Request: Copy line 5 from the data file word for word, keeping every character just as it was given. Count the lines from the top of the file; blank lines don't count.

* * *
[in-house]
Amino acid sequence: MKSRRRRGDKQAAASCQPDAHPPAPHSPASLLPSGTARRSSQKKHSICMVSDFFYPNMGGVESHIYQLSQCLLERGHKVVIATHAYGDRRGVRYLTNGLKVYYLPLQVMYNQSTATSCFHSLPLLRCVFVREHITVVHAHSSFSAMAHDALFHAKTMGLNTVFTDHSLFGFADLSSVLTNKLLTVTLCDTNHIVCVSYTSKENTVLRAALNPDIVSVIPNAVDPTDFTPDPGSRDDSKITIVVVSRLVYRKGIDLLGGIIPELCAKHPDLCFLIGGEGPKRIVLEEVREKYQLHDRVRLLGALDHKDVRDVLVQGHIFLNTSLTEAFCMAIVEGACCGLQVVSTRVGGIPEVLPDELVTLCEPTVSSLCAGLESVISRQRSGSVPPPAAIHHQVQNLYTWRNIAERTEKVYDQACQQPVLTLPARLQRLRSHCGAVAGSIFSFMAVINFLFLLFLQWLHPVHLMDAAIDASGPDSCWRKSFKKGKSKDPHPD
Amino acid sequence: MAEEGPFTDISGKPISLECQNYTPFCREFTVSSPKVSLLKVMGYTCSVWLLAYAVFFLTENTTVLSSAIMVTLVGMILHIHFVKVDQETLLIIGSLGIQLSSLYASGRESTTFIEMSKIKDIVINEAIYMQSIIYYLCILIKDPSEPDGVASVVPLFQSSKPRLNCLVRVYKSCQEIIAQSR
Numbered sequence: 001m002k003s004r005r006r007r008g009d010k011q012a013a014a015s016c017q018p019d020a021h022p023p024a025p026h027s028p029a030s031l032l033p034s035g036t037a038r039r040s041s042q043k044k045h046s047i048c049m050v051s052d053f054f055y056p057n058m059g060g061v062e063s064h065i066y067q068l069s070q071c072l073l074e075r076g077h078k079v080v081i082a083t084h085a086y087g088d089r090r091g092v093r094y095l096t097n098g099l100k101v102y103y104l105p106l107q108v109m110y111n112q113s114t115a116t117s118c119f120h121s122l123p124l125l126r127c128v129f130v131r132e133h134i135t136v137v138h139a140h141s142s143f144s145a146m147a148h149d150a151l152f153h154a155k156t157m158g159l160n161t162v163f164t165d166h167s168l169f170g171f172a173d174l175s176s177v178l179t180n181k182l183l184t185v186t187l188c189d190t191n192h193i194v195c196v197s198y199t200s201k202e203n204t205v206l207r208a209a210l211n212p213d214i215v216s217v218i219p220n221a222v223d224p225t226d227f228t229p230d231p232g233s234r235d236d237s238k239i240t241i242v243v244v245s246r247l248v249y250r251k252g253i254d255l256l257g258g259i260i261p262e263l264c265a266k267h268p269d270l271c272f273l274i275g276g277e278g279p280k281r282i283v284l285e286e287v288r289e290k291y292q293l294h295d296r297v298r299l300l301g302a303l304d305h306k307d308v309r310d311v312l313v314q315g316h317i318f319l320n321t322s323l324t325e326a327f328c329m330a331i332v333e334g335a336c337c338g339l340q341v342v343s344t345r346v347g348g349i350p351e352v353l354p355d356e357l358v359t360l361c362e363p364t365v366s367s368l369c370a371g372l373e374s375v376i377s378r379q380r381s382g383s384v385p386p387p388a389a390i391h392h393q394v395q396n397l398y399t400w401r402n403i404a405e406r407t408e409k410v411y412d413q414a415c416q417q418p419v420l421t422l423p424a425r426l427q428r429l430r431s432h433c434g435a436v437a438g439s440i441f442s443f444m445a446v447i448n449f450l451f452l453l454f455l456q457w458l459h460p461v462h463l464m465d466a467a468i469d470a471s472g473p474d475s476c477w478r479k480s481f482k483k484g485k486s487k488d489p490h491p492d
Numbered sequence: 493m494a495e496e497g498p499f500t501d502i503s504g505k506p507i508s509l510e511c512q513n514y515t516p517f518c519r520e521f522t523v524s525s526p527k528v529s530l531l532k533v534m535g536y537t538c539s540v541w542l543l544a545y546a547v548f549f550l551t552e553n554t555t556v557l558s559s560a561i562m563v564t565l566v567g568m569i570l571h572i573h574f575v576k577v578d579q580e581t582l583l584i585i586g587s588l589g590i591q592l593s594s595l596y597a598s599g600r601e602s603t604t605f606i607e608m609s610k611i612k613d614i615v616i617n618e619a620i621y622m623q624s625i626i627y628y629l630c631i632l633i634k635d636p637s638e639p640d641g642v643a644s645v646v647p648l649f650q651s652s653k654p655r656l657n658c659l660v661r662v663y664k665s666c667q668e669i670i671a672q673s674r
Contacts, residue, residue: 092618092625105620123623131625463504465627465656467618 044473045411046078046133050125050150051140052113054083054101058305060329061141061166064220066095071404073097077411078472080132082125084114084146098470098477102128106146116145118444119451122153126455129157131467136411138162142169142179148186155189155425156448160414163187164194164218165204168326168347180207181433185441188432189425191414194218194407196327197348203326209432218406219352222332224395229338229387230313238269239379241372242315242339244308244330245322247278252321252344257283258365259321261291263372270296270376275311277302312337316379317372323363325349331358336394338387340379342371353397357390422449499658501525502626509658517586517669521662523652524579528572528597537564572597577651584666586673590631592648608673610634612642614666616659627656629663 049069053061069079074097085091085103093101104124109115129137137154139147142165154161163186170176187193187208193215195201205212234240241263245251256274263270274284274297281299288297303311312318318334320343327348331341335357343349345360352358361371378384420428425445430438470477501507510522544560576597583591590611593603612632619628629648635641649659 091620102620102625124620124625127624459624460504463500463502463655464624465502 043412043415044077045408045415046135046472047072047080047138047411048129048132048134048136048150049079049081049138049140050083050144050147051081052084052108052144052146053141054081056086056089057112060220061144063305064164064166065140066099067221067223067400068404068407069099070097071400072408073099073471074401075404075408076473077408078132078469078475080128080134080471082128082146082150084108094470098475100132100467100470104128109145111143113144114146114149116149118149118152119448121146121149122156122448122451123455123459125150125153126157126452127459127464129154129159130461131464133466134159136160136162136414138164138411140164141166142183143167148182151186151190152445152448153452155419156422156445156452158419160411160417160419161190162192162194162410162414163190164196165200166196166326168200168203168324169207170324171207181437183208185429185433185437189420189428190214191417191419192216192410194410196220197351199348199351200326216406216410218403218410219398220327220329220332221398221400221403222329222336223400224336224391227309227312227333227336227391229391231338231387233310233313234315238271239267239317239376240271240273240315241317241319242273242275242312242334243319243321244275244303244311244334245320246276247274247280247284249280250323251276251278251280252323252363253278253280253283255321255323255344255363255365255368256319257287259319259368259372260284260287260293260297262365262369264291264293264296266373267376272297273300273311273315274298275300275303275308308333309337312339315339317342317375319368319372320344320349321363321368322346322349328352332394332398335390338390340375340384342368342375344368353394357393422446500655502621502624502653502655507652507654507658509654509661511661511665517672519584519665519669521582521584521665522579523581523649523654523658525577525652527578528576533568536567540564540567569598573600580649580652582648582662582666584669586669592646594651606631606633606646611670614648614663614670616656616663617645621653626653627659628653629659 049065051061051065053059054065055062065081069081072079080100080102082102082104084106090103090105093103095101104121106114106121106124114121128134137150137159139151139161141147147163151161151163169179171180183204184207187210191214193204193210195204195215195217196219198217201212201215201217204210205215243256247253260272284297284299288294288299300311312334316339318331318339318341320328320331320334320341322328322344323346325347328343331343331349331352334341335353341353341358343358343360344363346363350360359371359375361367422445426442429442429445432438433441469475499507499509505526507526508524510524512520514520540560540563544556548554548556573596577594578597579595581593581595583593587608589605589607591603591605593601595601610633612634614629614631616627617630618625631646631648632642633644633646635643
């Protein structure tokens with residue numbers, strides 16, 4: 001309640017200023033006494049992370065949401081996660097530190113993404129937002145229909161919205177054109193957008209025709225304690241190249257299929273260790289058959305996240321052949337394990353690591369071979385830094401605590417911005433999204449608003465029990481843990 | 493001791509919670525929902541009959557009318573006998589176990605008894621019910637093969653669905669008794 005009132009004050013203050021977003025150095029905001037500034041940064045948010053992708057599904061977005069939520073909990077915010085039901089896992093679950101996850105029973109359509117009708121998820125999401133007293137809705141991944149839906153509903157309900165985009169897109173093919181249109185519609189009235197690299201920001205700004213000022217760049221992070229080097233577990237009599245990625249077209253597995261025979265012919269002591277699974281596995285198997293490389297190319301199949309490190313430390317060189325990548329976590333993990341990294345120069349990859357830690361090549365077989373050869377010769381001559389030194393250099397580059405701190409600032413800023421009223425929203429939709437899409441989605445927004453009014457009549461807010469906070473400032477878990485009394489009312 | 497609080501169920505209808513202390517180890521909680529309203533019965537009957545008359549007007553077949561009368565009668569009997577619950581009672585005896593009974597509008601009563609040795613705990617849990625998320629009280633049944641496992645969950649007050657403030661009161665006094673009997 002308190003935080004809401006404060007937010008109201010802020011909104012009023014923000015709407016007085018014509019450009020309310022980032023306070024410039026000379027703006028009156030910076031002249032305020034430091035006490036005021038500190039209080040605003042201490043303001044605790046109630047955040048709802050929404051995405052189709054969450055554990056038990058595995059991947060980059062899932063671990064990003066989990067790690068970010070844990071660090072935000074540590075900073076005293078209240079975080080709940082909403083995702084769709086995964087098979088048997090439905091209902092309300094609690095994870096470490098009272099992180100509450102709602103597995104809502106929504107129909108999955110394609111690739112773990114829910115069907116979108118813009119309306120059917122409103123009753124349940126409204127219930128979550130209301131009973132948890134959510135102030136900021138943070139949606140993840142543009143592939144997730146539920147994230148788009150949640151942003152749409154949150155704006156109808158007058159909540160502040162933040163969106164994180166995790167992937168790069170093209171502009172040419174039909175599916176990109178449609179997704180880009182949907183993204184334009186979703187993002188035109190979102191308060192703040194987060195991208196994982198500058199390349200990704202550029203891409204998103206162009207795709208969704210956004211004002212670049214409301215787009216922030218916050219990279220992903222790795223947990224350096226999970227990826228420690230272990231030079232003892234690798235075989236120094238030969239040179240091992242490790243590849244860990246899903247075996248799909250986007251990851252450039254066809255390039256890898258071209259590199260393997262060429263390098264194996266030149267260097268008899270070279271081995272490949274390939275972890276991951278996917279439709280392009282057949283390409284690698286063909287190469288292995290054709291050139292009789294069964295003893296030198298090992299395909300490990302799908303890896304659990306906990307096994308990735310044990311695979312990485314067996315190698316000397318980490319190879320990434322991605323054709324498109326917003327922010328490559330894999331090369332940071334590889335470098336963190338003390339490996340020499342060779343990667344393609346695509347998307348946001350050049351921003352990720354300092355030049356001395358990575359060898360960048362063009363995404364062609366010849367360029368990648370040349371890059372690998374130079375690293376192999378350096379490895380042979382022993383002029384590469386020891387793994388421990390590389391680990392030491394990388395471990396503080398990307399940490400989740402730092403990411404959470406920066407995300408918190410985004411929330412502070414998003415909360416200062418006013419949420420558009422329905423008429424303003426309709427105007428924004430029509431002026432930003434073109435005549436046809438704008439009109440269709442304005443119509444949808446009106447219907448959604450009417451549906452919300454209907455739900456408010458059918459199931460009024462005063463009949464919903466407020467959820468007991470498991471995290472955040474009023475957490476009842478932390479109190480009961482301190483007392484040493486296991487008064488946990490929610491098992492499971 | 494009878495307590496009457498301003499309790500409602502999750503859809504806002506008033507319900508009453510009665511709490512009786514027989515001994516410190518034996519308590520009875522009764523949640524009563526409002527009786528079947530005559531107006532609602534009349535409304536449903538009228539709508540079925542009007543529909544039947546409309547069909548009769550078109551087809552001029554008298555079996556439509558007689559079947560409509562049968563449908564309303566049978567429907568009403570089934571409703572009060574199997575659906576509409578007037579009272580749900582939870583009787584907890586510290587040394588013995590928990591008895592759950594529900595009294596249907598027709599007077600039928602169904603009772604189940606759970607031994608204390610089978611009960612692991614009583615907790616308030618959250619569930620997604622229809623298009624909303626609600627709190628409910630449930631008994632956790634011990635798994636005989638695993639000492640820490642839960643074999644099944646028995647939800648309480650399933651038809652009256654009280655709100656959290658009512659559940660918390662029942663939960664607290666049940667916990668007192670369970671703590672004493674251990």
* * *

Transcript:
Numbered sequence: 493m494a495e496e497g498p499f500t501d502i503s504g505k506p507i508s509l510e511c512q513n514y515t516p517f518c519r520e521f522t523v524s525s526p527k528v529s530l531l532k533v534m535g536y537t538c539s540v541w542l543l544a545y546a547v548f549f550l551t552e553n554t555t556v557l558s559s560a561i562m563v564t565l566v567g568m569i570l571h572i573h574f575v576k577v578d579q580e581t582l583l584i585i586g587s588l589g590i591q592l593s594s595l596y597a598s599g600r601e602s603t604t605f606i607e608m609s610k611i612k613d614i615v616i617n618e619a620i621y622m623q624s625i626i627y628y629l630c631i632l633i634k635d636p637s638e639p640d641g642v643a644s645v646v647p648l649f650q651s652s653k654p655r656l657n658c659l660v661r662v663y664k665s666c667q668e669i670i671a672q673s674r